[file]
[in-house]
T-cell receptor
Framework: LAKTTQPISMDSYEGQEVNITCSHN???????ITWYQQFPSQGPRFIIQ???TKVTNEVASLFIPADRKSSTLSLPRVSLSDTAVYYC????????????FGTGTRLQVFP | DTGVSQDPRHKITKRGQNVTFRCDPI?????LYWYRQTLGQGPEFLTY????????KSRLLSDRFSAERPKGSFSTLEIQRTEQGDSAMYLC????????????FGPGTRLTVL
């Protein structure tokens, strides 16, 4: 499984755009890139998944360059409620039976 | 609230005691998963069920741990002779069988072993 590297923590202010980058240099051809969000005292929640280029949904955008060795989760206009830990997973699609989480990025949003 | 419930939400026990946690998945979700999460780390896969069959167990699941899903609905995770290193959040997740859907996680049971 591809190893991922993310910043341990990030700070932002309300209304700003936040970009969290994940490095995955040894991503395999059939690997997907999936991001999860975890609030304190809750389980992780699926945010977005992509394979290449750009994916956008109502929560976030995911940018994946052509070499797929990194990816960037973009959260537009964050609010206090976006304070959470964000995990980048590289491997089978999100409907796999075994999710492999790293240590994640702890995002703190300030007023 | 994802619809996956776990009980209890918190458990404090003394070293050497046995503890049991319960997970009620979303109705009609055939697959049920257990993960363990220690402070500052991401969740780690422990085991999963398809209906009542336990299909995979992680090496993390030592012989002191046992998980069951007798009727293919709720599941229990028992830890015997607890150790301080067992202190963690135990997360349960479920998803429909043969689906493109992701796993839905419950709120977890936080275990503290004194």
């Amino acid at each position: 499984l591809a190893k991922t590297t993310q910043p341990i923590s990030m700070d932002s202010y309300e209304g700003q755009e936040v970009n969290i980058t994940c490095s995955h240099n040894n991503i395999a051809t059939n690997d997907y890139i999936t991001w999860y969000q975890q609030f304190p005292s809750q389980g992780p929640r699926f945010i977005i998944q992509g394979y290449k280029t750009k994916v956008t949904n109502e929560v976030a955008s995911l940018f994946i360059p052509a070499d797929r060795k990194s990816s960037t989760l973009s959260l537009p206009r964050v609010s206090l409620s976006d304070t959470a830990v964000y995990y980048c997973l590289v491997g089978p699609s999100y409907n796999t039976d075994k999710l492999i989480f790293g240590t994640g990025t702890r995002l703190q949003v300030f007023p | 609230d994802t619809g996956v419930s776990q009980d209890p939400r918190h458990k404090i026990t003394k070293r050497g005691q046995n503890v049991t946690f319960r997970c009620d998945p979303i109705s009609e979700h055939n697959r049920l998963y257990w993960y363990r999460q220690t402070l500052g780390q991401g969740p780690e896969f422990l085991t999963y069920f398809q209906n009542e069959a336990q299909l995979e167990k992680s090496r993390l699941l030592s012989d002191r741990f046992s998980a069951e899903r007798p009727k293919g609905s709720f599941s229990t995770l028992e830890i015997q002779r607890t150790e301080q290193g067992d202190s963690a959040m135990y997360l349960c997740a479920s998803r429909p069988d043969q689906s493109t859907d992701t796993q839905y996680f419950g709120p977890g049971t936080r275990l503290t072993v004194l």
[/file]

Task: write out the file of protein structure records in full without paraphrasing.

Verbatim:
[in-house]
T-cell receptor
Framework: LAKTTQPISMDSYEGQEVNITCSHN???????ITWYQQFPSQGPRFIIQ???TKVTNEVASLFIPADRKSSTLSLPRVSLSDTAVYYC????????????FGTGTRLQVFP | DTGVSQDPRHKITKRGQNVTFRCDPI?????LYWYRQTLGQGPEFLTY????????KSRLLSDRFSAERPKGSFSTLEIQRTEQGDSAMYLC????????????FGPGTRLTVL
């Protein structure tokens, strides 16, 4: 499984755009890139998944360059409620039976 | 609230005691998963069920741990002779069988072993 590297923590202010980058240099051809969000005292929640280029949904955008060795989760206009830990997973699609989480990025949003 | 419930939400026990946690998945979700999460780390896969069959167990699941899903609905995770290193959040997740859907996680049971 591809190893991922993310910043341990990030700070932002309300209304700003936040970009969290994940490095995955040894991503395999059939690997997907999936991001999860975890609030304190809750389980992780699926945010977005992509394979290449750009994916956008109502929560976030995911940018994946052509070499797929990194990816960037973009959260537009964050609010206090976006304070959470964000995990980048590289491997089978999100409907796999075994999710492999790293240590994640702890995002703190300030007023 | 994802619809996956776990009980209890918190458990404090003394070293050497046995503890049991319960997970009620979303109705009609055939697959049920257990993960363990220690402070500052991401969740780690422990085991999963398809209906009542336990299909995979992680090496993390030592012989002191046992998980069951007798009727293919709720599941229990028992830890015997607890150790301080067992202190963690135990997360349960479920998803429909043969689906493109992701796993839905419950709120977890936080275990503290004194």
């Amino acid at each position: 499984l591809a190893k991922t590297t993310q910043p341990i923590s990030m700070d932002s202010y309300e209304g700003q755009e936040v970009n969290i980058t994940c490095s995955h240099n040894n991503i395999a051809t059939n690997d997907y890139i999936t991001w999860y969000q975890q609030f304190p005292s809750q389980g992780p929640r699926f945010i977005i998944q992509g394979y290449k280029t750009k994916v956008t949904n109502e929560v976030a955008s995911l940018f994946i360059p052509a070499d797929r060795k990194s990816s960037t989760l973009s959260l537009p206009r964050v609010s206090l409620s976006d304070t959470a830990v964000y995990y980048c997973l590289v491997g089978p699609s999100y409907n796999t039976d075994k999710l492999i989480f790293g240590t994640g990025t702890r995002l703190q949003v300030f007023p | 609230d994802t619809g996956v419930s776990q009980d209890p939400r918190h458990k404090i026990t003394k070293r050497g005691q046995n503890v049991t946690f319960r997970c009620d998945p979303i109705s009609e979700h055939n697959r049920l998963y257990w993960y363990r999460q220690t402070l500052g780390q991401g969740p780690e896969f422990l085991t999963y069920f398809q209906n009542e069959a336990q299909l995979e167990k992680s090496r993390l699941l030592s012989d002191r741990f046992s998980a069951e899903r007798p009727k293919g609905s709720f599941s229990t995770l028992e830890i015997q002779r607890t150790e301080q290193g067992d202190s963690a959040m135990y997360l349960c997740a479920s998803r429909p069988d043969q689906s493109t859907d992701t796993q839905y996680f419950g709120p977890g049971t936080r275990l503290t072993v004194l």